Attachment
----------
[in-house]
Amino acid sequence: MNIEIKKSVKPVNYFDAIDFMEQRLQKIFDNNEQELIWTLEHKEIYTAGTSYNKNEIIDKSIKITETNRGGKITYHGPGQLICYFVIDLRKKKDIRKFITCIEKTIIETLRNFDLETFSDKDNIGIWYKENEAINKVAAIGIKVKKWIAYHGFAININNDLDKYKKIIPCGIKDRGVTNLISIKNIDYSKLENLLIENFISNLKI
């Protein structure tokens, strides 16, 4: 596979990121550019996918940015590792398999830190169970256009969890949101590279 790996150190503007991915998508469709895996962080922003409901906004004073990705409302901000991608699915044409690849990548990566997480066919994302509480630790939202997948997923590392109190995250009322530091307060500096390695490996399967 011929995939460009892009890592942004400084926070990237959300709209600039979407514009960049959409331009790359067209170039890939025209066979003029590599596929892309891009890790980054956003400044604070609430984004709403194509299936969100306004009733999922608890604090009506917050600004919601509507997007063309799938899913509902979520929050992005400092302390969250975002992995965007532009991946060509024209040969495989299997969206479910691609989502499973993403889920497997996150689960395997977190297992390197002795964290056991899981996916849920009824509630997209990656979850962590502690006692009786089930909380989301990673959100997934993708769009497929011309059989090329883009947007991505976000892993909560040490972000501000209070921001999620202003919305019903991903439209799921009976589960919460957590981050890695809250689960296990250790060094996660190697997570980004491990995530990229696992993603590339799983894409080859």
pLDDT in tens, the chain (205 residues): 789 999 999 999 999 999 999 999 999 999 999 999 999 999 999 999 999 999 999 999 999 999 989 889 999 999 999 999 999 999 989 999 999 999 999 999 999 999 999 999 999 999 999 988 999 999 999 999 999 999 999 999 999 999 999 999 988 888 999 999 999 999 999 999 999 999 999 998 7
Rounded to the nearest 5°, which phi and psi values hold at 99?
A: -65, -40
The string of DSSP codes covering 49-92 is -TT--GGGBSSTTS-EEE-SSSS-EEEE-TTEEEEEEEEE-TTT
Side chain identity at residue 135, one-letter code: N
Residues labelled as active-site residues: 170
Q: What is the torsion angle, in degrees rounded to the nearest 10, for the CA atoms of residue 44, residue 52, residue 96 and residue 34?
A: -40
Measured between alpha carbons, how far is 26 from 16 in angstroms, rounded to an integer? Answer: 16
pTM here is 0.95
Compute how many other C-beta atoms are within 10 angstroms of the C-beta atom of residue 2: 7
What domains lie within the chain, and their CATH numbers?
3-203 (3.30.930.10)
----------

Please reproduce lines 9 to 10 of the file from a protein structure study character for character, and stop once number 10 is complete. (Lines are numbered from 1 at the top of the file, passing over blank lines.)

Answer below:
Residues labelled as active-site residues: 170
Q: What is the torsion angle, in degrees rounded to the nearest 10, for the CA atoms of residue 44, residue 52, residue 96 and residue 34?